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Contemplation was something I had difficulty relating to. That is until I first came across the Jesuit Walter Burghardt’s description. “Contemplation is taking a long, loving look at the real.”

Isn’t that what lovers often do as they sit, perhaps even in silence, simply enjoying one another?

In this Vincentian Mindwalk let’s look at what we often don’t see.

Long… Loving… Look!

Long! It is not the look at an office cocktail party. So often, these looks are fleeting as we scan the room to see who else is there. It speaks of focus and paying attention. It speaks of more than just a passing glance. It is in the classic sense of appreciation.

Loving! It is not the look of an angry third-grade teacher or a demanding employer. It speaks of a relationship. Not just any relationship but a tender and appreciative relationship.

Look! It is not a look through either rose-colored or heavily tinted dark sunglasses. It is more like the clear-eyed look of a person who sees not only what he or she wants to see. It is the look that sees the beauty beneath the disfiguration of another person.

I suspect you can relate to your own awareness of some person’s loving look at you.  Stop for a moment. Remember such an experience. Let the feeling sink in. Rejoice… and give thanks!

Does God contemplate me?

I must admit when I thought of contemplation and God, I thought of one-way traffic.

Now I try to think of my call to sit still long enough to become aware of God’s loving look. I never thought of God contemplating me! What a thought!

God takes the time to focus on me.

Imagine! God’s seeing the “real me” not just what I want God to see… God seeing… and loving me.

The “Courage to Be”

Paul Tillich, a great Protestant theologian of the last century, titled an influential book, “The Courage to Be.” Now I realize his phrase might be adapted to my understanding of contemplation. It takes courage to believe in God’s long, loving look at me.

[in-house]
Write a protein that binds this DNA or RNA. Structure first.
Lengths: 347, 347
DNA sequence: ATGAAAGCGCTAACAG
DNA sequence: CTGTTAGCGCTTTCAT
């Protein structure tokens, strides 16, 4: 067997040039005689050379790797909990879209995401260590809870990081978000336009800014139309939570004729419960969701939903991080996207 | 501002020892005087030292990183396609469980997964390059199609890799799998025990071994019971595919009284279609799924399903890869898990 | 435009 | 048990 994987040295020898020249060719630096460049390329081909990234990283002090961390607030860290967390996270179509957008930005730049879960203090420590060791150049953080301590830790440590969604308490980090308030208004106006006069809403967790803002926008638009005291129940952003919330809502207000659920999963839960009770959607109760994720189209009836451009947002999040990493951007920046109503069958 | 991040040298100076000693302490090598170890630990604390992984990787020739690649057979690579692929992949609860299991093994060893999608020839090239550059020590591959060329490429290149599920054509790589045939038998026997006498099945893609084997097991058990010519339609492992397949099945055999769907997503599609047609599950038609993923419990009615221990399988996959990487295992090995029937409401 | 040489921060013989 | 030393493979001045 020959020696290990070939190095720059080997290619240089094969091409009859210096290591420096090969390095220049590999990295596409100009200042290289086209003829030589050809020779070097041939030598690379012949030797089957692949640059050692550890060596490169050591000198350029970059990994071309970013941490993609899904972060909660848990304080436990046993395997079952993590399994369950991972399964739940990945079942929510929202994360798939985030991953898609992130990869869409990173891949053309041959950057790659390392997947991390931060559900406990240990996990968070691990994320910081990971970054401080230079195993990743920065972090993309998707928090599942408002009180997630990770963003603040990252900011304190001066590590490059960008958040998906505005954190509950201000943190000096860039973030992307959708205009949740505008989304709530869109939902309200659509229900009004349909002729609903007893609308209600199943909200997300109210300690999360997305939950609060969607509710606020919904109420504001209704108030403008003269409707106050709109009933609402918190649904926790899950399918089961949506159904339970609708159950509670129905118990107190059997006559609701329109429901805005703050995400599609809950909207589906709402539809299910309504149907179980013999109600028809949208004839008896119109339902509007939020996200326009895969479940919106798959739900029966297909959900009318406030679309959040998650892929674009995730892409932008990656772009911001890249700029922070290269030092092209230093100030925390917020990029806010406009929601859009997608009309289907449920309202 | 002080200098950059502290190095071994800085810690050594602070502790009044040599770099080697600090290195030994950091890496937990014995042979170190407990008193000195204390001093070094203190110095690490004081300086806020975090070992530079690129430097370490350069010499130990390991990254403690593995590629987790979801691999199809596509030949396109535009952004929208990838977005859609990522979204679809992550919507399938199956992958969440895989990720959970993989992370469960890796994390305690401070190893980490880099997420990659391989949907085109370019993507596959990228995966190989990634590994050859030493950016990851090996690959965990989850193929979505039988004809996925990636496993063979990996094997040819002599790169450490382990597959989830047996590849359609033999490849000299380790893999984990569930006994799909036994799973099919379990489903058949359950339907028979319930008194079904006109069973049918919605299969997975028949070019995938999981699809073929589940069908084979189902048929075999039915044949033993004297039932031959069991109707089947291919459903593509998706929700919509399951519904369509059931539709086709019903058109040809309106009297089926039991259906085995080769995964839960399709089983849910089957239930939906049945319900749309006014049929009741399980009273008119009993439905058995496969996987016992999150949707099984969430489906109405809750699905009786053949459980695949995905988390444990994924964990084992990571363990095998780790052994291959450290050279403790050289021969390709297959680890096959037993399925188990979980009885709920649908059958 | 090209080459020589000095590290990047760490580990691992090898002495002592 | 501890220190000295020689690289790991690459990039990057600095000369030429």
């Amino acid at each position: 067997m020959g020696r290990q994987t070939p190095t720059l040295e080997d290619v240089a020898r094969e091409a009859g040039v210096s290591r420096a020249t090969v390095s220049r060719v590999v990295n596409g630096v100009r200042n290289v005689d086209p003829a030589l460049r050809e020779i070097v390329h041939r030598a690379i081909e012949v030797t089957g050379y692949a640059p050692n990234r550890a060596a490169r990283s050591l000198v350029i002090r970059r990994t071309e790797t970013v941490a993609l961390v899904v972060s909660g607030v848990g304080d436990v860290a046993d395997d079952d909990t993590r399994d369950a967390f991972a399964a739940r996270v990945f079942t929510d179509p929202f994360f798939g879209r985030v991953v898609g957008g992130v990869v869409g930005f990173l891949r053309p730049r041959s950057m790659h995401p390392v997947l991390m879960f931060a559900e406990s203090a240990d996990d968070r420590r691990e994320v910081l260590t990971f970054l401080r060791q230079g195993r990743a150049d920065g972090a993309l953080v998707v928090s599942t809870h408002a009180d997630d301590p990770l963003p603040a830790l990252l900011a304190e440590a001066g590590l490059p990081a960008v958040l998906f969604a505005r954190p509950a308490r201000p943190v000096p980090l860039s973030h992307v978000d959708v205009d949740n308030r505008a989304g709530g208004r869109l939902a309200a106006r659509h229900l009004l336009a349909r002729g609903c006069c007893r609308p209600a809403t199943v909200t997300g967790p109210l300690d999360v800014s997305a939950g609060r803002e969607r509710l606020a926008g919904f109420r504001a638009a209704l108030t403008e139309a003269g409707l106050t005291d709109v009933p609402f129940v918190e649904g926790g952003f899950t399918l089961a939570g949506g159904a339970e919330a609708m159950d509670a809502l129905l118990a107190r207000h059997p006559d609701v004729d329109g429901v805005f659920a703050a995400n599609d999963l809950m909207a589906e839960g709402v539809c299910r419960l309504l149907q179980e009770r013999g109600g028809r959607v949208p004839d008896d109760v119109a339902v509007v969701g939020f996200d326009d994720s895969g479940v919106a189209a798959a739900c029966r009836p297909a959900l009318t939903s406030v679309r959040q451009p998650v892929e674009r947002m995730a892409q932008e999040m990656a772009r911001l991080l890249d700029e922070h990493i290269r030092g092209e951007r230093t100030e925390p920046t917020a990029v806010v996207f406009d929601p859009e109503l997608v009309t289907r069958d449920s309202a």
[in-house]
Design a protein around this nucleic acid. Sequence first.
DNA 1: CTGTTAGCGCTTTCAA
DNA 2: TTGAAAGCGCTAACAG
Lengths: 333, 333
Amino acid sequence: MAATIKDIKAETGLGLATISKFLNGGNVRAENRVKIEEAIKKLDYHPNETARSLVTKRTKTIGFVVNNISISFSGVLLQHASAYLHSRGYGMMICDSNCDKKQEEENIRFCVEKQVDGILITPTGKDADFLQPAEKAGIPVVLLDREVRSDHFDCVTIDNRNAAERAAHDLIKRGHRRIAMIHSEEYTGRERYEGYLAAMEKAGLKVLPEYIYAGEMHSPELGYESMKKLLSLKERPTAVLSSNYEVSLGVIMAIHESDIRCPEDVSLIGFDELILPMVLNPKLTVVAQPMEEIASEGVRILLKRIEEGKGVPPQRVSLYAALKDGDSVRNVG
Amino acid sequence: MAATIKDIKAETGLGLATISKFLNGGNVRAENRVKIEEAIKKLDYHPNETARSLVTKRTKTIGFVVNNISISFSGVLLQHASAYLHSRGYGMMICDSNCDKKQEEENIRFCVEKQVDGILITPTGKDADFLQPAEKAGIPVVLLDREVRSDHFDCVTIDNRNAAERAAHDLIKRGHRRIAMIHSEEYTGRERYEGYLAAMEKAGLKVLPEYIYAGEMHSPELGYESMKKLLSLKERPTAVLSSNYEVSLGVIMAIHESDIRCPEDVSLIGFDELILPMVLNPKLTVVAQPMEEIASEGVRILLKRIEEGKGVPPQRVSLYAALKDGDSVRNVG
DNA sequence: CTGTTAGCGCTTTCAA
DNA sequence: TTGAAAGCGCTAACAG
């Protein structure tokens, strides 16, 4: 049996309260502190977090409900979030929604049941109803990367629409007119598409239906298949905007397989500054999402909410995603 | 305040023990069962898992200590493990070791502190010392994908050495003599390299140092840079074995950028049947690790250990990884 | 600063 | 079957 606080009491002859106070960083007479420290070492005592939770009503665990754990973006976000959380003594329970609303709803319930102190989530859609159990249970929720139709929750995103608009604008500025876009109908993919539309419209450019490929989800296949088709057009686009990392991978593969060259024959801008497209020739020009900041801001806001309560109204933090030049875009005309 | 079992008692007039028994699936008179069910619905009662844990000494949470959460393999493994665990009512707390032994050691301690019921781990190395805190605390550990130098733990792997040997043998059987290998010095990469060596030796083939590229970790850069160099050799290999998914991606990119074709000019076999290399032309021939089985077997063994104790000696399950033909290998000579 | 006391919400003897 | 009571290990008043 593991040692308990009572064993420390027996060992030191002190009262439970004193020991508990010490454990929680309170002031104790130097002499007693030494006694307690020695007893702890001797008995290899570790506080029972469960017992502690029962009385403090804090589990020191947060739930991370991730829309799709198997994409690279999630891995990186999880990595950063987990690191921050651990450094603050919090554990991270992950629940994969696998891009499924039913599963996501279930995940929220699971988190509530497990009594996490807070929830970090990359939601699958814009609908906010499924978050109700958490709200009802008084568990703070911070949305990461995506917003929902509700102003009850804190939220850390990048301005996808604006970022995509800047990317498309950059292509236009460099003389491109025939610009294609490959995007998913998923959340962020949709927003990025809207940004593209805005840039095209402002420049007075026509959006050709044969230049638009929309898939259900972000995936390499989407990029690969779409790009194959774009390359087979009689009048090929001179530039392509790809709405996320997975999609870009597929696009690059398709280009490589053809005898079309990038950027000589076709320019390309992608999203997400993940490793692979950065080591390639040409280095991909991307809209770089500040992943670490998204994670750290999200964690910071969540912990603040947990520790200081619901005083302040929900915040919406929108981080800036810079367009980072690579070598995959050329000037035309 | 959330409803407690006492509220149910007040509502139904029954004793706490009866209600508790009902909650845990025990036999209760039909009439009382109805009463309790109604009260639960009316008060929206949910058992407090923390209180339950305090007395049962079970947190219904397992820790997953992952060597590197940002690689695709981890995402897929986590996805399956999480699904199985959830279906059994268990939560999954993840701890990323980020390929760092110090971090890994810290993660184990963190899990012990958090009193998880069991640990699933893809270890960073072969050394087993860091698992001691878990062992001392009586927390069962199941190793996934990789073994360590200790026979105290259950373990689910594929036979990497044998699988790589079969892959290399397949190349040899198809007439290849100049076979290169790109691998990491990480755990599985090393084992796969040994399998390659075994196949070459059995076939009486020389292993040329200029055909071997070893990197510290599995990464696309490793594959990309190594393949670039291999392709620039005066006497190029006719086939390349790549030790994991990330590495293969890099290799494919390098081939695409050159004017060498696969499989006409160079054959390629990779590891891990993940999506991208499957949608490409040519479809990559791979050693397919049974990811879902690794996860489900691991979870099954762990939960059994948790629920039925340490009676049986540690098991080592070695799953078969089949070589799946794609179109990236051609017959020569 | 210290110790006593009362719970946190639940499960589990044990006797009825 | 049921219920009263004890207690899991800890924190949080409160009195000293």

We seem infected with the deeply ingrained habit of not looking at our faults (original sin?).

We imagine that If God sees our faults, God will not love us. So, we look for fig leaves to cover up our self-centerednessWe make God into our own image and likeness. God can only love us if we are perfect. It takes courage to look at ourselves with God’s “long, loving look”!

As I write this, I remember the Jesuit John Powell. He wrote, “Why Am I afraid To Tell You Who I Am?” His direct answer was because, “If I tell you who I really am, you may not like me.” He spends the rest of the book describing a multi-stage process of increasing risk in communication until we come to a mutual long, loving look. His companion book Fully Human, Fully Alive: A New Life Through a New Vision further develops this insight.

I am certain that all of our founders and holy ones in our Vincentian family had the courage to rest in God’s loving look at them. I also think it is what changed them. 

I also think that loving look of God is what opened their eyes to take a long loving look at each person they saw. They learned to see God beneath the scars and disfigurement of the person they were looking at.

Two simple questions…

Have I ever thought of God’s long, loving look at me?

How often do I take a long, loving look at someone different from me?

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